The Battle of Peking: The joint forces of the eight nations ended the Boxer’s siege of Peking on August 14, 1900. The emperor, the Dowager Empress and members of the Qing court fled Peking in the early morning of 15 August

Significance of the Boxer Rebellion
The significance of the Boxer Rebellion was as follows:

The combined military forces of the Allied Expedition were far superior to the Boxers and the Qing troops. The Boxer Rebellion had raged from Autumn 1899 - 7 September 1901. Peace was finally established in China and the Boxer protocol was signed in September 1901.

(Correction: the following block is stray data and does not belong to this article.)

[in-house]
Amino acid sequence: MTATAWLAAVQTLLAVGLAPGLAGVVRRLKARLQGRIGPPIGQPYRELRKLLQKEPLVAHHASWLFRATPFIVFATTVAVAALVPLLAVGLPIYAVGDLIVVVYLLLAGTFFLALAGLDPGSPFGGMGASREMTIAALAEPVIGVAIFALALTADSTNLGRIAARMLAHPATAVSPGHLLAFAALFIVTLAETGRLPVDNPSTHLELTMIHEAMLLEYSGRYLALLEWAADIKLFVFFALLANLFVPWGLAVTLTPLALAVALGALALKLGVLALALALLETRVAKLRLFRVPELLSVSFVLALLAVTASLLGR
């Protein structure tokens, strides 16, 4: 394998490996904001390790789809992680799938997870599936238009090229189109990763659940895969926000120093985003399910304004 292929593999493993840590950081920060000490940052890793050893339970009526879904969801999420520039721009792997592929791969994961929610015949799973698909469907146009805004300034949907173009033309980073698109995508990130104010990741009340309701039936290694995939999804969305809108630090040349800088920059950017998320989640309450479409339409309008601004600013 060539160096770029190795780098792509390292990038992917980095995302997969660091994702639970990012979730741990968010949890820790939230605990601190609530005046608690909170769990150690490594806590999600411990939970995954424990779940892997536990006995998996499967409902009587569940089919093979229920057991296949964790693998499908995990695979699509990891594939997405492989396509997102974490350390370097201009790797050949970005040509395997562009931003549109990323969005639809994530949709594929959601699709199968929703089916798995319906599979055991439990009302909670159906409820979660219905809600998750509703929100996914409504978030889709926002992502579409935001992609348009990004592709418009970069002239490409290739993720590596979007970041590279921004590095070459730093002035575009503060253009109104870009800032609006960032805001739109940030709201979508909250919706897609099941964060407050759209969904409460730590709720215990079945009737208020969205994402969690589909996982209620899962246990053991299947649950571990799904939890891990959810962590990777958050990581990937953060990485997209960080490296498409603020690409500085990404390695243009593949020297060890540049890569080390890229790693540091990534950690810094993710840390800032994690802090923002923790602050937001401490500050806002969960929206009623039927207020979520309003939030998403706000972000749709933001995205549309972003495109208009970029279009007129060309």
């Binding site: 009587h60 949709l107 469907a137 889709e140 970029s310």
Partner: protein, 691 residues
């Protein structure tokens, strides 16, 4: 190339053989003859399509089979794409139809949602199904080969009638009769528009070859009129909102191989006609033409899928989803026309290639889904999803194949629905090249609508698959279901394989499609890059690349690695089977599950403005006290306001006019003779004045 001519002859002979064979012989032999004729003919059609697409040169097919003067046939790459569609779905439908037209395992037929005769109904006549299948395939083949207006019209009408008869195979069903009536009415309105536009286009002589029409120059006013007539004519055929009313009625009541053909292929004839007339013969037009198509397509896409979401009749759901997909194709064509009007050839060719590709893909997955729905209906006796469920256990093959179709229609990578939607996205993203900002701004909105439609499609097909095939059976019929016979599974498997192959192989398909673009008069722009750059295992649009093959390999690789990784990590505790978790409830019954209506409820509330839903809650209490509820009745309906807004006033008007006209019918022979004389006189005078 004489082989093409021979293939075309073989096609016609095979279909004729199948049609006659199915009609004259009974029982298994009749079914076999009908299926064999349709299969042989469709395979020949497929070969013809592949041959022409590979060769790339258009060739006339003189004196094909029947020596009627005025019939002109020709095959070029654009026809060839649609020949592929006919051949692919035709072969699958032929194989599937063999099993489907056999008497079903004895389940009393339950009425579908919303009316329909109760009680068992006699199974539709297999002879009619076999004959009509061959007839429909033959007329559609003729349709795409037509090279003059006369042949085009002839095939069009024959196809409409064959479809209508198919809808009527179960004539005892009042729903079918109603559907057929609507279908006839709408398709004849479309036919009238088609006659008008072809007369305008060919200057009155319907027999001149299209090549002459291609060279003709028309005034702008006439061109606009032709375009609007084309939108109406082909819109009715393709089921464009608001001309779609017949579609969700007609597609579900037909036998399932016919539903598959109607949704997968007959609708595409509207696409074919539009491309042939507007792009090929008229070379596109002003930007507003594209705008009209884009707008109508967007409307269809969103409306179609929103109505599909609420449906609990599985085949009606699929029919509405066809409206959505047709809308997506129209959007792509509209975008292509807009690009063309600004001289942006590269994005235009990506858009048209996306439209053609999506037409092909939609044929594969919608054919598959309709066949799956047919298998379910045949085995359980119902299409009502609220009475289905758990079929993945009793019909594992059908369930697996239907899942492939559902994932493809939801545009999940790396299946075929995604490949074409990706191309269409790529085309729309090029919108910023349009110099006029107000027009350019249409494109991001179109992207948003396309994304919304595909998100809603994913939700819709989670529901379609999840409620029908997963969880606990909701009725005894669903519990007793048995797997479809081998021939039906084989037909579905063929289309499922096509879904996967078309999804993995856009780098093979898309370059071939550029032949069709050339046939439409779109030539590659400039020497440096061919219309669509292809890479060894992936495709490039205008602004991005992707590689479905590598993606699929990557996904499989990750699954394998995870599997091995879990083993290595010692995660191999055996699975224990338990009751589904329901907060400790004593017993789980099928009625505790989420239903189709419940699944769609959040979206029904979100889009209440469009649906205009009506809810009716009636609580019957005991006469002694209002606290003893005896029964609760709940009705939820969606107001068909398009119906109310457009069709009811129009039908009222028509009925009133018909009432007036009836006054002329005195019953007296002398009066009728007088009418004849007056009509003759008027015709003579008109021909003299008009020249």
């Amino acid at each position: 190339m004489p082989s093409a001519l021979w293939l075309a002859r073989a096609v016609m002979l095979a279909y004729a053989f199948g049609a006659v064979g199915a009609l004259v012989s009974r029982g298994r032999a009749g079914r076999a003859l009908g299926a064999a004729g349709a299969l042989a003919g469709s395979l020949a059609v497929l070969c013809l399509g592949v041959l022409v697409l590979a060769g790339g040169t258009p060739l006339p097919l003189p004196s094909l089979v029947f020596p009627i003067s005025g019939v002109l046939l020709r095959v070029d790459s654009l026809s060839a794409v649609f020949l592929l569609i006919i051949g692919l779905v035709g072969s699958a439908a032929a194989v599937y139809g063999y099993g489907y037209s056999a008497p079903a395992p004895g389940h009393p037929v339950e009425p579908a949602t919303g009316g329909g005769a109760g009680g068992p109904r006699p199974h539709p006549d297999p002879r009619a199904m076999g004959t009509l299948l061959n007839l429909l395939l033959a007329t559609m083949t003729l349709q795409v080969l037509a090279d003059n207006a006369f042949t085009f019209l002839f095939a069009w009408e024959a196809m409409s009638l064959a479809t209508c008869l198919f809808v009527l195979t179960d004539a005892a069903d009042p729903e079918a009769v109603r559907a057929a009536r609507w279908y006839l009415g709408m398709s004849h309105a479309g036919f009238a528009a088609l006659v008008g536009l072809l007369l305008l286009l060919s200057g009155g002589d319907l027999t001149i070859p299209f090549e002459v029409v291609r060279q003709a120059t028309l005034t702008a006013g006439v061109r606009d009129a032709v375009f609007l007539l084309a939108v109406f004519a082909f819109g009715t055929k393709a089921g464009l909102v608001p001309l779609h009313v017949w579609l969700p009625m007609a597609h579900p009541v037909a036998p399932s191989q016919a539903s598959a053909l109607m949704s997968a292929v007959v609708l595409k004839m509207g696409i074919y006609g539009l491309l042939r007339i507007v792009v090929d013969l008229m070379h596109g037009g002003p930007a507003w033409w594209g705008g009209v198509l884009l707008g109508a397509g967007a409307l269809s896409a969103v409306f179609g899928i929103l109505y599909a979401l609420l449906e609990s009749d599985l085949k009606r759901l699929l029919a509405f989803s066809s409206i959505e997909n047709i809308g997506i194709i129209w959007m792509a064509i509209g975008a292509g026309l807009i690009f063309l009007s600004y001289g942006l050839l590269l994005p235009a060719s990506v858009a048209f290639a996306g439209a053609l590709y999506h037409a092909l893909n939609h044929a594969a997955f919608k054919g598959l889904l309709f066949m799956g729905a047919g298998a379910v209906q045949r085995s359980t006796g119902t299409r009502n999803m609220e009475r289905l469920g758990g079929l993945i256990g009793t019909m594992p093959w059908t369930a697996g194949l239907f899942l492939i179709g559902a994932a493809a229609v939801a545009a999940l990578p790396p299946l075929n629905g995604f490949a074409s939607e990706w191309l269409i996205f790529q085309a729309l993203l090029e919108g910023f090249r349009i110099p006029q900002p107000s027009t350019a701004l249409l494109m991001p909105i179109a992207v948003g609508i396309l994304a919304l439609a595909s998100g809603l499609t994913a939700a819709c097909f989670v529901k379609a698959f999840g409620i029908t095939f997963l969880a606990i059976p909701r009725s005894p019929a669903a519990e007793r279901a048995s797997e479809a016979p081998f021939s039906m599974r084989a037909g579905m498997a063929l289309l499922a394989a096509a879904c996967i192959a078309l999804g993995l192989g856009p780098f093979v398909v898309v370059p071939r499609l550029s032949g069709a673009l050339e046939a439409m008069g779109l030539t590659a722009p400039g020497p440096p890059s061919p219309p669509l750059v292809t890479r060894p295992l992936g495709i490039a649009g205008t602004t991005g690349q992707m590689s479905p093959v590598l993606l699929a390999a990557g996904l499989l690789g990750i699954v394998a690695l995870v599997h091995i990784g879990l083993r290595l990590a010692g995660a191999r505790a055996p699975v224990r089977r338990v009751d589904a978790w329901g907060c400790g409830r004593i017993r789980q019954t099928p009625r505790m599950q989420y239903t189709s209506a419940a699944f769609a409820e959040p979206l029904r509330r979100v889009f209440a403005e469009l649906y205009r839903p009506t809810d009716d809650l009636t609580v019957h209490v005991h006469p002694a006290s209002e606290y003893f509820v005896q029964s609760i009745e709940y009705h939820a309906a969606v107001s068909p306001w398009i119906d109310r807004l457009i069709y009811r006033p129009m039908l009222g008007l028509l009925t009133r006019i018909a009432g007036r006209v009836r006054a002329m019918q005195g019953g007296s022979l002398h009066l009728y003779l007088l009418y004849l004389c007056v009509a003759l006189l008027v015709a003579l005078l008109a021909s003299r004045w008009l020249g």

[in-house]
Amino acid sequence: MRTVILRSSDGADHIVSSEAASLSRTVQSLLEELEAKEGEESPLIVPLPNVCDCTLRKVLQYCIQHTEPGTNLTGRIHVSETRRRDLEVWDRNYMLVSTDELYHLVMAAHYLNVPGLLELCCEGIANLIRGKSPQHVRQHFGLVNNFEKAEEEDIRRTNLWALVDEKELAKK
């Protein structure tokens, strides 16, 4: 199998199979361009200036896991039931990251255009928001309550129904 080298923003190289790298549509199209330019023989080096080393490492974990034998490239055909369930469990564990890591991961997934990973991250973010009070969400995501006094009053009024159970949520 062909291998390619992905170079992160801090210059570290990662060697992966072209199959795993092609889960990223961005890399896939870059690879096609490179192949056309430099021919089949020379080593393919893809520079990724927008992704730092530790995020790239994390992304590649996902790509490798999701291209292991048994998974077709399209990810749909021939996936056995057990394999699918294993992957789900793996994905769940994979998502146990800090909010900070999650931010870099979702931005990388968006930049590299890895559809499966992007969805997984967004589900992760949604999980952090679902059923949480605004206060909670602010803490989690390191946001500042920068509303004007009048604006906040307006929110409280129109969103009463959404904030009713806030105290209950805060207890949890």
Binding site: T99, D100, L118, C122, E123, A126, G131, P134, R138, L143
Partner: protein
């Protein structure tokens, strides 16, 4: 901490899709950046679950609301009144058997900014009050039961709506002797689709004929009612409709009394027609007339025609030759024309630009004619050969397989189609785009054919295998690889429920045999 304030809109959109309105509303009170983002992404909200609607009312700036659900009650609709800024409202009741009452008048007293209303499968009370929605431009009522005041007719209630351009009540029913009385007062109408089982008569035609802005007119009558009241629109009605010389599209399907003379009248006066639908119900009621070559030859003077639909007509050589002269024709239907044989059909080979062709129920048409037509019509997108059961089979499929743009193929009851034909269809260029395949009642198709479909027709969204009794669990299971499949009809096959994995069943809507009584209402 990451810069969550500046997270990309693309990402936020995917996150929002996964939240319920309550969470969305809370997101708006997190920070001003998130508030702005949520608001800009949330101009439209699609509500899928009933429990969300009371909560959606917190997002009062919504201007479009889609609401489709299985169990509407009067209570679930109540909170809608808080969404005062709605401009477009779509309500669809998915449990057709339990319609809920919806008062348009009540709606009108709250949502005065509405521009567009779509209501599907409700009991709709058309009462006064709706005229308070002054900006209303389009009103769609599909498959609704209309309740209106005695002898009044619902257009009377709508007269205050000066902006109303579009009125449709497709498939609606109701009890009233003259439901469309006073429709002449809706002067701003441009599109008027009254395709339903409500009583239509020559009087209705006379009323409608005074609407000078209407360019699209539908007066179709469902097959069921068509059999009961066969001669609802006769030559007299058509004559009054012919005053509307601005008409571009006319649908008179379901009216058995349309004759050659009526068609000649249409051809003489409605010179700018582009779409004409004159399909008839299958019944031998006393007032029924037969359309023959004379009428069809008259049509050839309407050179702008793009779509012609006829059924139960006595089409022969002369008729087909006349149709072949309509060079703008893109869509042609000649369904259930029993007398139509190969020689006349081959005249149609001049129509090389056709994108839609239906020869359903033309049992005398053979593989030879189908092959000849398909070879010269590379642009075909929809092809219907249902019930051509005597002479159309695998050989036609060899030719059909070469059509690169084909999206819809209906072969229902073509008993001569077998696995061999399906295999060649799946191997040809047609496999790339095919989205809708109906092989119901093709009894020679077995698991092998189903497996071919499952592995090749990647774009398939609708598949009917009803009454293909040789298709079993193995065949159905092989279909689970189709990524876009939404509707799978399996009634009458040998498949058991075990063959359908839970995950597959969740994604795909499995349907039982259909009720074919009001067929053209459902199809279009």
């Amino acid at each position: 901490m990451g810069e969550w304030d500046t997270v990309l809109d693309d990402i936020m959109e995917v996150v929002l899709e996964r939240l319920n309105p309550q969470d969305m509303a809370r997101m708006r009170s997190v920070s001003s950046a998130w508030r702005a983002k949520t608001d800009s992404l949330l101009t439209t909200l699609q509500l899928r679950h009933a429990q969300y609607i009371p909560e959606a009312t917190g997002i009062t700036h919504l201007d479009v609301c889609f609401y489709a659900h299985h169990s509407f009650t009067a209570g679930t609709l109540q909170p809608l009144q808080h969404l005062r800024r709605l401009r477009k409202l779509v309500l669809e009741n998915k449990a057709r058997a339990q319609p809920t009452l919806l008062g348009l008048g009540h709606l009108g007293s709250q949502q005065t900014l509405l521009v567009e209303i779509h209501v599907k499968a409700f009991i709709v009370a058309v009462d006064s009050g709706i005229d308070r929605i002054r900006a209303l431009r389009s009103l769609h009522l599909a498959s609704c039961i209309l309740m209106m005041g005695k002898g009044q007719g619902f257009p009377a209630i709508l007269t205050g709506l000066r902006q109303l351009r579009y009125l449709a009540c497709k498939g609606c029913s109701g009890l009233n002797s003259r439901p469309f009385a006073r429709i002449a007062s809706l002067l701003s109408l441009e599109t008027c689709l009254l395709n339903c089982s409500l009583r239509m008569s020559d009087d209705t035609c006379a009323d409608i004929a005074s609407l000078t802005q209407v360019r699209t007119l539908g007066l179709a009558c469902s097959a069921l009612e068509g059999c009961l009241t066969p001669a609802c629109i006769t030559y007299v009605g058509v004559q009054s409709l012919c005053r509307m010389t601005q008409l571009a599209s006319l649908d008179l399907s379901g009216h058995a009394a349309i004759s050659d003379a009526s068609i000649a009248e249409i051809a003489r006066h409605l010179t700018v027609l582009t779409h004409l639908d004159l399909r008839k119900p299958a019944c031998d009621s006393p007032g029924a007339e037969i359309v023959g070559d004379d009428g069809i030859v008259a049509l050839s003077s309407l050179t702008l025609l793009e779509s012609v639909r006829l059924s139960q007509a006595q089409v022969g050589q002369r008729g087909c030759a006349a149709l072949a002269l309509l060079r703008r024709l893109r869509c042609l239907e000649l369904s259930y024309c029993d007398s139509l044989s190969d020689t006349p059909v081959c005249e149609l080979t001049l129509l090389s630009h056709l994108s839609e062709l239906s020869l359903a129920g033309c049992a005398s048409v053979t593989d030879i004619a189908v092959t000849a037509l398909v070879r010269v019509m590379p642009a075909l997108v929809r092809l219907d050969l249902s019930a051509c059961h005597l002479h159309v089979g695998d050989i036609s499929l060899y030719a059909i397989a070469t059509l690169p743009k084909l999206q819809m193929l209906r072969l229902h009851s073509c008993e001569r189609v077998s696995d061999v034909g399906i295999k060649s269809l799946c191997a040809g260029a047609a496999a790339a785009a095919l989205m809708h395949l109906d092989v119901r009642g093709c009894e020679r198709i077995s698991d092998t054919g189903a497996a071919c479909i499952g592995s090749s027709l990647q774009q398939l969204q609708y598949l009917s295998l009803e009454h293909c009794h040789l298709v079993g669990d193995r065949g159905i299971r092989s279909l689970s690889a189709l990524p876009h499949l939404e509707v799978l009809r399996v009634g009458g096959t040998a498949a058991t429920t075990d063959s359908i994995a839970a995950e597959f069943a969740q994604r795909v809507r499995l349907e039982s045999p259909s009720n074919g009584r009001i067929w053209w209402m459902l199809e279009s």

Chinese resentment to the Qing dynasty became widespread and within ten years the Chinese imperial system was overthrown and the Chinese Republic was established

President McKinley was criticized by Democratic politicians and newspapers who accused the president with imperialism and exceeding his constitutional authority. President McKinley argued that a president’s constitutional war powers granted him such authority.

The prestige of the United States as a world power  increased as a result of their actions and involvement during the Boxer Rebellion.

US American History
1881-1913: Maturation Era